To see what’s wrong with the American diet, look no farther than the local convenience store. There, punctuated by the occasional basket of bananas or apples, sit gleaming cases of soft drinks and beer, wide shelves of crackers and cookies, a panorama of muffins, doughnuts, brownies, ice cream, and candy bars. The marketers here are no fools—they know what scientists confirmed only this past spring: Americans eat this stuff up.
After crunching dietary data gathered from more than 4,700 adults, researchers at the University of California at Berkeley found that soft drinks provide more than 7 percent of the average daily adult intake of calories—the largest single source. Soft drinks, alcohol, and sweets, including pastries, account for more than 25 percent of adults’ calories. Add fruit drinks and salty snacks and the figure rises to 30 percent. Nearly one-third of our calories come from junk food and alcohol.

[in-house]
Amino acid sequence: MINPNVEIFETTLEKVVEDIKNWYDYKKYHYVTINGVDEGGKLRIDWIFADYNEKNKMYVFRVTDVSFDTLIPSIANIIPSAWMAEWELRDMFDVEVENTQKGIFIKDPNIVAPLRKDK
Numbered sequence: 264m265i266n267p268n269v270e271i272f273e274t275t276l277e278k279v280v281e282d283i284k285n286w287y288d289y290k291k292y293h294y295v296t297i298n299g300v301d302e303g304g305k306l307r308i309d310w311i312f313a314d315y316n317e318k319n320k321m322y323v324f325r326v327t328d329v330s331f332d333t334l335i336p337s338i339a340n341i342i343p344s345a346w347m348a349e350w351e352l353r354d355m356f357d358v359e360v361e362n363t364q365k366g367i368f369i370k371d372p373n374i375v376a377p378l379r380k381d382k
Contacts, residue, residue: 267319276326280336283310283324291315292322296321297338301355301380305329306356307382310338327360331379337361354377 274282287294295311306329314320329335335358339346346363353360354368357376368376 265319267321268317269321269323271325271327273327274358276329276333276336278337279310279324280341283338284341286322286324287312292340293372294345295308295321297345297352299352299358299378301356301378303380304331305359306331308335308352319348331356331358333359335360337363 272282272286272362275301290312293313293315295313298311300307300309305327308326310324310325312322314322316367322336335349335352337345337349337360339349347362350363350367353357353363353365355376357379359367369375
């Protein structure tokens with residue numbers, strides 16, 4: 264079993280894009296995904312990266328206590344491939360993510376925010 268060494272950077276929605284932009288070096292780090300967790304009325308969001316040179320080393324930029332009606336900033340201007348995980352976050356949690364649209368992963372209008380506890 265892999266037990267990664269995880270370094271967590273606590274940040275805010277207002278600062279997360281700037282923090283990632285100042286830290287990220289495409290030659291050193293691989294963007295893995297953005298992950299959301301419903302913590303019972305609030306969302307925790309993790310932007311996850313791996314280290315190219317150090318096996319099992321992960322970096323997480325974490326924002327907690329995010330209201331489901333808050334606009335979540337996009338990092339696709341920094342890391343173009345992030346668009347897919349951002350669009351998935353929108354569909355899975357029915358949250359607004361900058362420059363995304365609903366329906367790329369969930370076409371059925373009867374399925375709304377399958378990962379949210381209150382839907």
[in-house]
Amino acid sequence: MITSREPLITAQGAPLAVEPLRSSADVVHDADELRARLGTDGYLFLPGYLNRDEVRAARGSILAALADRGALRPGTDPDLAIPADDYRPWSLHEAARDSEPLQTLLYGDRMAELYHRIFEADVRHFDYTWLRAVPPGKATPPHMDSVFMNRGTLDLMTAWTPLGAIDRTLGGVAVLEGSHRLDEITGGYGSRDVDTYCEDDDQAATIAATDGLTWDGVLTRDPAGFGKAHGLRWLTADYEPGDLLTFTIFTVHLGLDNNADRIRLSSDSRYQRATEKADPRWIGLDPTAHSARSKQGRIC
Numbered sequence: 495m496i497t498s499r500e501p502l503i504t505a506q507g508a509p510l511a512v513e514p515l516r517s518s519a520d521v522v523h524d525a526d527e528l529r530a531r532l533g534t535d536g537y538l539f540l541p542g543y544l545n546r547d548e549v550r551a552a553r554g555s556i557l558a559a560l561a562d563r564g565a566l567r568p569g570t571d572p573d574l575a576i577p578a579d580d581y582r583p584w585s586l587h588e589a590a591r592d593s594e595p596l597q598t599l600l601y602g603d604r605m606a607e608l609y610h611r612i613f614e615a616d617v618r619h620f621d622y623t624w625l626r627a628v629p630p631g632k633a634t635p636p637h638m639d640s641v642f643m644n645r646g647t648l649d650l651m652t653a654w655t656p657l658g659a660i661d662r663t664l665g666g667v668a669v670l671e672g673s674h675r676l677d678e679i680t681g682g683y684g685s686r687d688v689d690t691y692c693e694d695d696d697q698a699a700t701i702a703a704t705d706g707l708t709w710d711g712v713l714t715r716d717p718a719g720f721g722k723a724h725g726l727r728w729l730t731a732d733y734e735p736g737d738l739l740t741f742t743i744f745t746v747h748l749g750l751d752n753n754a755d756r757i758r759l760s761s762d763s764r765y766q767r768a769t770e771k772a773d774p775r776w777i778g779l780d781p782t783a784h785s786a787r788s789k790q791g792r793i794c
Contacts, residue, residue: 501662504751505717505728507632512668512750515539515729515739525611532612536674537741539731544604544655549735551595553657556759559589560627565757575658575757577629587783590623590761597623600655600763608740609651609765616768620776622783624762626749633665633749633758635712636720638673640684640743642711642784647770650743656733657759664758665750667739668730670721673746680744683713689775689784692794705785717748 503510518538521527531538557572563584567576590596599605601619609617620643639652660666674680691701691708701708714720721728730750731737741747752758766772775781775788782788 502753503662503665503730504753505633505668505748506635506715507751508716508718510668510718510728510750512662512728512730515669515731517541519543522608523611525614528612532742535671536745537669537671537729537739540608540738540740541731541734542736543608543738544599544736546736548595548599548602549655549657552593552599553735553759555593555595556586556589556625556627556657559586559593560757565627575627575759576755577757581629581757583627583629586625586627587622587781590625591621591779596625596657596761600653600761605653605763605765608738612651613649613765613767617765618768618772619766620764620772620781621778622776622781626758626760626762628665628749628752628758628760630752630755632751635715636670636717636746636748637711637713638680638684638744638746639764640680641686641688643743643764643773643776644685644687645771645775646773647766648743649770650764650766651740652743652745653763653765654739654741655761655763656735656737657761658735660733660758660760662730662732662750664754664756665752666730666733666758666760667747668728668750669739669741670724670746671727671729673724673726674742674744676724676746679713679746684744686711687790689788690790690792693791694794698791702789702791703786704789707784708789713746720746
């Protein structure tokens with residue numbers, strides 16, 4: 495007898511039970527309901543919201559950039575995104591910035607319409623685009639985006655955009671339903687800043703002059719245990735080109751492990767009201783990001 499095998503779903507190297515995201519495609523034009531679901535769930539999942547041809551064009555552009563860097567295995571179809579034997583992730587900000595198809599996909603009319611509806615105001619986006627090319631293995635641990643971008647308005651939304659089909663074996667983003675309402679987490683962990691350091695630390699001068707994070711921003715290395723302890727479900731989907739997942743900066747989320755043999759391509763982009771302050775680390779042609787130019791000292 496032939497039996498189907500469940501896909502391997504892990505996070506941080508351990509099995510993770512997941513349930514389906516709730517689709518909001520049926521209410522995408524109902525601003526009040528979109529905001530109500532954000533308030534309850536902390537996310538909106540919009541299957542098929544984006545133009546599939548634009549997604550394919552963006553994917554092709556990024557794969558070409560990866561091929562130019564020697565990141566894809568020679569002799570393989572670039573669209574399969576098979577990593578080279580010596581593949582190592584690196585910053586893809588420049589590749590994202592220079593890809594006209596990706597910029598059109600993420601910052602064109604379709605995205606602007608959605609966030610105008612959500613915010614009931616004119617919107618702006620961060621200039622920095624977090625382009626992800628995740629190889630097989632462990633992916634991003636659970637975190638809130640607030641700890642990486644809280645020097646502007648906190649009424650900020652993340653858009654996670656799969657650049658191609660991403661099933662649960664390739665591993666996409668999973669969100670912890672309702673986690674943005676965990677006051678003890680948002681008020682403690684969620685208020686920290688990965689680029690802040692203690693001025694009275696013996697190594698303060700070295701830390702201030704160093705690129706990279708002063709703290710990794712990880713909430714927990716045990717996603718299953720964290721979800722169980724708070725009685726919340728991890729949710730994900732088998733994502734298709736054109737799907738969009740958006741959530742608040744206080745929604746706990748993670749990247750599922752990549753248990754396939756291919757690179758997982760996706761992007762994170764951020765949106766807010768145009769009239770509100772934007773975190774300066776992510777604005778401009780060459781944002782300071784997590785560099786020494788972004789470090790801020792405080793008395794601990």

Even jaded nutritionists, long inured to the public’s atrocious dining habits, were taken aback by the study. “The dose really does make the poison,” says epidemiologist Gladys Block, the study’s lead author. “We knew people ate a lot of this stuff. But that much?”
Not only do these foods fuel the nation’s obesity epidemic, says Block, they are displacing the nutrient-rich fruits and vegetables necessary to fend off disease. The result, Block says, is an unappetizing paradox: a nation of people simultaneously overfed and undernourished.
Under pressure from food manufacturers, health officials have hesitated to demonize particular foods as junk and instead proffer general advice about good nutrition. Block says it’s time to tell Americans to eat more foods that matter—and to say aloud that, nutritionally speaking, some foods do not.